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Fermi Problem

  1. Oct 23, 2010 #1


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    For next year's Physics Open House the Department is planning to set up a bungee jump from

    the top of the physics building. Assume that one end of an elastic band will be firmly attached

    to the top of the building and the other to the waist of a courageous participant. The

    participant will step off the edge of the building to be slowed and brought back up by the

    elastic band before hitting the ground (we hope). Estimate the length and spring constant of

    the elastic you would recommend using.

    This is presented as a Fermi problem so I only need rough approximations, however, I think I am supposed to account for damping effects and I don't really know where to start

    1. The problem statement, all variables and given/known data

    2. Relevant equations

    3. The attempt at a solution
  2. jcsd
  3. Oct 24, 2010 #2


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    Estimate some of the basic quantities you will need: the height of the building, the weight of the participant, etc...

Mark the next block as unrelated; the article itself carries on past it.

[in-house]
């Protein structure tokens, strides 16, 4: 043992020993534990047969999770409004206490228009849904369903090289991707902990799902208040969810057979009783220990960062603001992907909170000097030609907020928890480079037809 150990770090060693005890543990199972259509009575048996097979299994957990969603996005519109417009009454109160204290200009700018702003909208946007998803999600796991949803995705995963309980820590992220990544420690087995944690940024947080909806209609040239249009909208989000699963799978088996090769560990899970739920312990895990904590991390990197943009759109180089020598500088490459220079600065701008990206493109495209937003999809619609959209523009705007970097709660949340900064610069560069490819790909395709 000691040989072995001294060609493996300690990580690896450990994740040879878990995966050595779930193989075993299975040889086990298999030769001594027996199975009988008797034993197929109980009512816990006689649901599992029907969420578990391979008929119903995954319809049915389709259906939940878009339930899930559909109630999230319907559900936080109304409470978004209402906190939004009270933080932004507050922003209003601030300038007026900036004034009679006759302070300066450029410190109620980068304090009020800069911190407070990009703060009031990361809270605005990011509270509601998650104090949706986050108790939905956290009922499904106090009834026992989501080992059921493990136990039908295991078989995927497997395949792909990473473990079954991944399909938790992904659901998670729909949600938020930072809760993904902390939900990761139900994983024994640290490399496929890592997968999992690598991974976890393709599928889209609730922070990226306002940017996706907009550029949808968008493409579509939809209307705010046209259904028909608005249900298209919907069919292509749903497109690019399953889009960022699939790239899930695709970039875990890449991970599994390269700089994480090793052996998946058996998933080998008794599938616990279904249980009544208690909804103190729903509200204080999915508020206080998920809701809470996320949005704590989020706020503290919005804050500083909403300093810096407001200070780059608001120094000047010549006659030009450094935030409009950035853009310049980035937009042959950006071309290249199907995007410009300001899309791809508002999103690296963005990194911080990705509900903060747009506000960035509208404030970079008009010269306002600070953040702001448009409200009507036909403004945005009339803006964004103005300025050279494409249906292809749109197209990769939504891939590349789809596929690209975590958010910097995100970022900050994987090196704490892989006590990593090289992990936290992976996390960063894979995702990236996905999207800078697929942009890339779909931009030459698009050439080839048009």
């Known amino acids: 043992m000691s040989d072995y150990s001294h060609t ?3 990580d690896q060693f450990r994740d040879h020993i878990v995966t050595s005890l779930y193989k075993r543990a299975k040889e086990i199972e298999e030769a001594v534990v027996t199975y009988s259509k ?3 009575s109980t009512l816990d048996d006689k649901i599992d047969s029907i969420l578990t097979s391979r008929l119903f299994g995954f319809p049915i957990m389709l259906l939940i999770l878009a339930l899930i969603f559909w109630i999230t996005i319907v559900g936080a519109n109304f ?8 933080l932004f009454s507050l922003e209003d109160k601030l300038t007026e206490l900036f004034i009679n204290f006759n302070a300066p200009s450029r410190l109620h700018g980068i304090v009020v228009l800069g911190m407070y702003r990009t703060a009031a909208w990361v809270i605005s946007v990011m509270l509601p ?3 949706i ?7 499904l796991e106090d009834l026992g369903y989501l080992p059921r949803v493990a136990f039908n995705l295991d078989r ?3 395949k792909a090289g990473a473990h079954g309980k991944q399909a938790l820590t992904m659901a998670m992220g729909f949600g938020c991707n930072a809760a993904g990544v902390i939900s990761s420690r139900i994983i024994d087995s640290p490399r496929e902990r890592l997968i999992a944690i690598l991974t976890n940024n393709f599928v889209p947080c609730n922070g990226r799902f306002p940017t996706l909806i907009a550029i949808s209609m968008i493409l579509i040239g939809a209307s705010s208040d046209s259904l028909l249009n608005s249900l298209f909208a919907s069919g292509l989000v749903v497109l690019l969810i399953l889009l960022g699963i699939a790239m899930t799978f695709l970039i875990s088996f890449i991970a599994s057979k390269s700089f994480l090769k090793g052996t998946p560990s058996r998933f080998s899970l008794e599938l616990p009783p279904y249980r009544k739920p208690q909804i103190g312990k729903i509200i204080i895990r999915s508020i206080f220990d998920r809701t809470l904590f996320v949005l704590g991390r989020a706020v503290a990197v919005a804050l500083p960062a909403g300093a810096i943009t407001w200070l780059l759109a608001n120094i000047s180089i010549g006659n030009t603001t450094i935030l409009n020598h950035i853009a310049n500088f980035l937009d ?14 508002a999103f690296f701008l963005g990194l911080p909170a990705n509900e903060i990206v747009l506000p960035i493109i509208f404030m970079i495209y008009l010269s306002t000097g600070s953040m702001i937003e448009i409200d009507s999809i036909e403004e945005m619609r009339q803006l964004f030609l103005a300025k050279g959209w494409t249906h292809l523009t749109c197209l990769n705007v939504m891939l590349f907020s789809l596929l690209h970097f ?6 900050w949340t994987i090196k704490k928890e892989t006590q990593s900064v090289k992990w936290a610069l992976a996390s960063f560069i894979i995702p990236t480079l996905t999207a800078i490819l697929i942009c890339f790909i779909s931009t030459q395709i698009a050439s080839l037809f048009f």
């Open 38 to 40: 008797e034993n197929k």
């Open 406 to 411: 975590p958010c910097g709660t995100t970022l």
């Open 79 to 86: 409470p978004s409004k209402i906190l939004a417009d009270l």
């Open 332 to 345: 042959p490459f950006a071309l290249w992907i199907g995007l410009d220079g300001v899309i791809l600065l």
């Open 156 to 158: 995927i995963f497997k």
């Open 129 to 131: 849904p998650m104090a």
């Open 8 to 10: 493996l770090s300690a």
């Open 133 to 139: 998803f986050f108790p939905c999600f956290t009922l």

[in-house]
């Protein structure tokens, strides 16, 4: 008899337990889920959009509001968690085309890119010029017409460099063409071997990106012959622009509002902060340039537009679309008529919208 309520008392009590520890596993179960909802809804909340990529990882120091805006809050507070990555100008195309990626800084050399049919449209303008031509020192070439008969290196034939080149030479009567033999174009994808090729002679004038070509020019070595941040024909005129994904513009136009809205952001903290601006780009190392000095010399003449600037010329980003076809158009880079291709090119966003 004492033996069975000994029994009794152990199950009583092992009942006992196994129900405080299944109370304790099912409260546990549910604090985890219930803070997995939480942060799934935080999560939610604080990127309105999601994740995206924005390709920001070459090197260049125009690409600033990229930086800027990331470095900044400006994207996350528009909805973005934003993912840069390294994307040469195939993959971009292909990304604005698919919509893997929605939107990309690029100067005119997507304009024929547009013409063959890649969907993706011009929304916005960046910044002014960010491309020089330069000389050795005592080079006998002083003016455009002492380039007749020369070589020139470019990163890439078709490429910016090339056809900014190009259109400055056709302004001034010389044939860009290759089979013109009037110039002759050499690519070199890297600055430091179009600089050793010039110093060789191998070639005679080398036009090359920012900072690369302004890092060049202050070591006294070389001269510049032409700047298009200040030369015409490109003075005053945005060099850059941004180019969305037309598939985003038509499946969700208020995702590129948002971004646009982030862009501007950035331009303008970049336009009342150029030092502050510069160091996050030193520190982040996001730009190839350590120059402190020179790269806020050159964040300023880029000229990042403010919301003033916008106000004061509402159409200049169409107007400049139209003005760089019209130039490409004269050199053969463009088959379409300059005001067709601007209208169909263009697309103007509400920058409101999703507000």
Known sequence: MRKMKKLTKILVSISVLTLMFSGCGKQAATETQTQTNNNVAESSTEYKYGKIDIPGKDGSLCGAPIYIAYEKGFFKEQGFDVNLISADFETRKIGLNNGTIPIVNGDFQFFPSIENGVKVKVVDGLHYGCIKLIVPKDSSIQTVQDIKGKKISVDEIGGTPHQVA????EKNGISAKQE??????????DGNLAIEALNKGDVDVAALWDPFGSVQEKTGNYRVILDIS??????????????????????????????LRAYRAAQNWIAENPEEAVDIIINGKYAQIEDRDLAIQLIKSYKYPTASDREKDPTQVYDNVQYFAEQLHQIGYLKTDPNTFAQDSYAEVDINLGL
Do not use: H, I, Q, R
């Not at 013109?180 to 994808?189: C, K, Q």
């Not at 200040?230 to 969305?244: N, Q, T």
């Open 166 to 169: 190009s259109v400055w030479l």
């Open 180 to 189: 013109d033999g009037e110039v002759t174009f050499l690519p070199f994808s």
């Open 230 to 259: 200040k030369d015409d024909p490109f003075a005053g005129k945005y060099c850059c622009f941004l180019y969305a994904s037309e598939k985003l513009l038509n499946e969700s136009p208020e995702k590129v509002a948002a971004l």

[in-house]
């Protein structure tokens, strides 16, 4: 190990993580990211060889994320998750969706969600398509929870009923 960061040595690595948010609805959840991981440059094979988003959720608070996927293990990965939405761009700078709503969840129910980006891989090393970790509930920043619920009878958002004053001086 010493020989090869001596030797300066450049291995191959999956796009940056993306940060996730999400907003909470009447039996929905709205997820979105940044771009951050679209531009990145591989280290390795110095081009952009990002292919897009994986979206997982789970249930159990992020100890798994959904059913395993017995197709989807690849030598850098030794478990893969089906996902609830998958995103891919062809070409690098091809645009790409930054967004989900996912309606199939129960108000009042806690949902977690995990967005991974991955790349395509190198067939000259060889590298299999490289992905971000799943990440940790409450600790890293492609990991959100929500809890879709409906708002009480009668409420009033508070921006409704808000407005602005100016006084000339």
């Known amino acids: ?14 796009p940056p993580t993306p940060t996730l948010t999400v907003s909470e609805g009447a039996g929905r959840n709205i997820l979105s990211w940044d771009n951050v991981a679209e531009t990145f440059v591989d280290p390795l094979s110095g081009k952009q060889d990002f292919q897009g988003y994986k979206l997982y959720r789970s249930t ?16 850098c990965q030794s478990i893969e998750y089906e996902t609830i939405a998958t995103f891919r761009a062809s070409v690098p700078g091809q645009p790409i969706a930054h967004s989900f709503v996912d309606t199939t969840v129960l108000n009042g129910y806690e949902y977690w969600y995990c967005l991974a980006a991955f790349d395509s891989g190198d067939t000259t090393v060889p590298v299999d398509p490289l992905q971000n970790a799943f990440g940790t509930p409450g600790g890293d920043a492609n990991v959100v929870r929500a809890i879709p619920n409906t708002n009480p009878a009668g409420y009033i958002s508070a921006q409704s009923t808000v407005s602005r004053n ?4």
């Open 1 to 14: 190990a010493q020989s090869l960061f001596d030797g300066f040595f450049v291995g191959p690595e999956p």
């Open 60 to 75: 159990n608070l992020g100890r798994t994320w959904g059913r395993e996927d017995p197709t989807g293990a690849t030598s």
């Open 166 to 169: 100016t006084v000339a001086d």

Next, think about the fall itself:

    (1) The participant of mass m starts from rest at height h above the ground with total potential energy U=mgh. Energy in the system is conserved, so this is the total energy of the system.

    (2) The participant freefalls a distance L equal to the length of the bungee. At this point in time the velocity can be found from the kinetic energy, since you know the total energy and the potential energy at this instant.

    (3) The bungee begins stretching and introduces a drag force toward the top of the building equal to -kx.

    (4) The participant continues falling until the drag force aimed upward cancels with the force due to gravity aimed downward.

    This is just a start, as you may also want to incorporate the weight of the bungee cord and other factors.

    Anyway, hope this helps get you started.
  4. Oct 25, 2010 #3


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    Thank you Kreil, that does help a lot. I hadn't thought of using conservation of energy.
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